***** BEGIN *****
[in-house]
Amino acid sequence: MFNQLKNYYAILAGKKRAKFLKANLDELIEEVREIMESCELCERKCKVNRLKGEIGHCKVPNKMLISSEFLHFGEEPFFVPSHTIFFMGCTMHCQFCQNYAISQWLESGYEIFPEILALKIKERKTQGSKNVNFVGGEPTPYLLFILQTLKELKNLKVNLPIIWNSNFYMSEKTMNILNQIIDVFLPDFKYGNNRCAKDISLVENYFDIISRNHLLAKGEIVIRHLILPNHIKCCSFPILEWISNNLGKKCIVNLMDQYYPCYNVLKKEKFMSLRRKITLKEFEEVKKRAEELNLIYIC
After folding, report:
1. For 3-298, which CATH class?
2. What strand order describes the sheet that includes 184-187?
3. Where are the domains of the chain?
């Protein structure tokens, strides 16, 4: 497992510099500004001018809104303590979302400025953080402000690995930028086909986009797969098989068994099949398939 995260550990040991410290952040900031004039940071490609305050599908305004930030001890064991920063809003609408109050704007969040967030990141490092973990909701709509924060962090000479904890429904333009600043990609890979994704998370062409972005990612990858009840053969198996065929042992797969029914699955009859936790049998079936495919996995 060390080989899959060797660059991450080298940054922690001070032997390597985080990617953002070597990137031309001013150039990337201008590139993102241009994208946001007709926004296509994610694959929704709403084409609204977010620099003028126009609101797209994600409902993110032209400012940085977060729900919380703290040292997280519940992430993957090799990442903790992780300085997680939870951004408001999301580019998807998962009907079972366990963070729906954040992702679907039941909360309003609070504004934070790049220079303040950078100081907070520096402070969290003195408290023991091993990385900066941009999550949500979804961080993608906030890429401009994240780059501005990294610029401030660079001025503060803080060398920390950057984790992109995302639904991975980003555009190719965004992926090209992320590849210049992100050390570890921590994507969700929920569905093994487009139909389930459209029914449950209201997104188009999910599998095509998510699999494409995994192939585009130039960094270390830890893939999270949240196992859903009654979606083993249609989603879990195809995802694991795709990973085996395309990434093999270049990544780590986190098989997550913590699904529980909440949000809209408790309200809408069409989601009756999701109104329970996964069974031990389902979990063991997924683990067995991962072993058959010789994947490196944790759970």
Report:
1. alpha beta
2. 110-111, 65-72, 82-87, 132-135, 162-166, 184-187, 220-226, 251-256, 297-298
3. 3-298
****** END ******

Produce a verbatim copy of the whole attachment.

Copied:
[in-house]
Amino acid sequence: MFNQLKNYYAILAGKKRAKFLKANLDELIEEVREIMESCELCERKCKVNRLKGEIGHCKVPNKMLISSEFLHFGEEPFFVPSHTIFFMGCTMHCQFCQNYAISQWLESGYEIFPEILALKIKERKTQGSKNVNFVGGEPTPYLLFILQTLKELKNLKVNLPIIWNSNFYMSEKTMNILNQIIDVFLPDFKYGNNRCAKDISLVENYFDIISRNHLLAKGEIVIRHLILPNHIKCCSFPILEWISNNLGKKCIVNLMDQYYPCYNVLKKEKFMSLRRKITLKEFEEVKKRAEELNLIYIC
After folding, report:
1. For 3-298, which CATH class?
2. What strand order describes the sheet that includes 184-187?
3. Where are the domains of the chain?
């Protein structure tokens, strides 16, 4: 497992510099500004001018809104303590979302400025953080402000690995930028086909986009797969098989068994099949398939 995260550990040991410290952040900031004039940071490609305050599908305004930030001890064991920063809003609408109050704007969040967030990141490092973990909701709509924060962090000479904890429904333009600043990609890979994704998370062409972005990612990858009840053969198996065929042992797969029914699955009859936790049998079936495919996995 060390080989899959060797660059991450080298940054922690001070032997390597985080990617953002070597990137031309001013150039990337201008590139993102241009994208946001007709926004296509994610694959929704709403084409609204977010620099003028126009609101797209994600409902993110032209400012940085977060729900919380703290040292997280519940992430993957090799990442903790992780300085997680939870951004408001999301580019998807998962009907079972366990963070729906954040992702679907039941909360309003609070504004934070790049220079303040950078100081907070520096402070969290003195408290023991091993990385900066941009999550949500979804961080993608906030890429401009994240780059501005990294610029401030660079001025503060803080060398920390950057984790992109995302639904991975980003555009190719965004992926090209992320590849210049992100050390570890921590994507969700929920569905093994487009139909389930459209029914449950209201997104188009999910599998095509998510699999494409995994192939585009130039960094270390830890893939999270949240196992859903009654979606083993249609989603879990195809995802694991795709990973085996395309990434093999270049990544780590986190098989997550913590699904529980909440949000809209408790309200809408069409989601009756999701109104329970996964069974031990389902979990063991997924683990067995991962072993058959010789994947490196944790759970």
Report:
1. alpha beta
2. 110-111, 65-72, 82-87, 132-135, 162-166, 184-187, 220-226, 251-256, 297-298
3. 3-298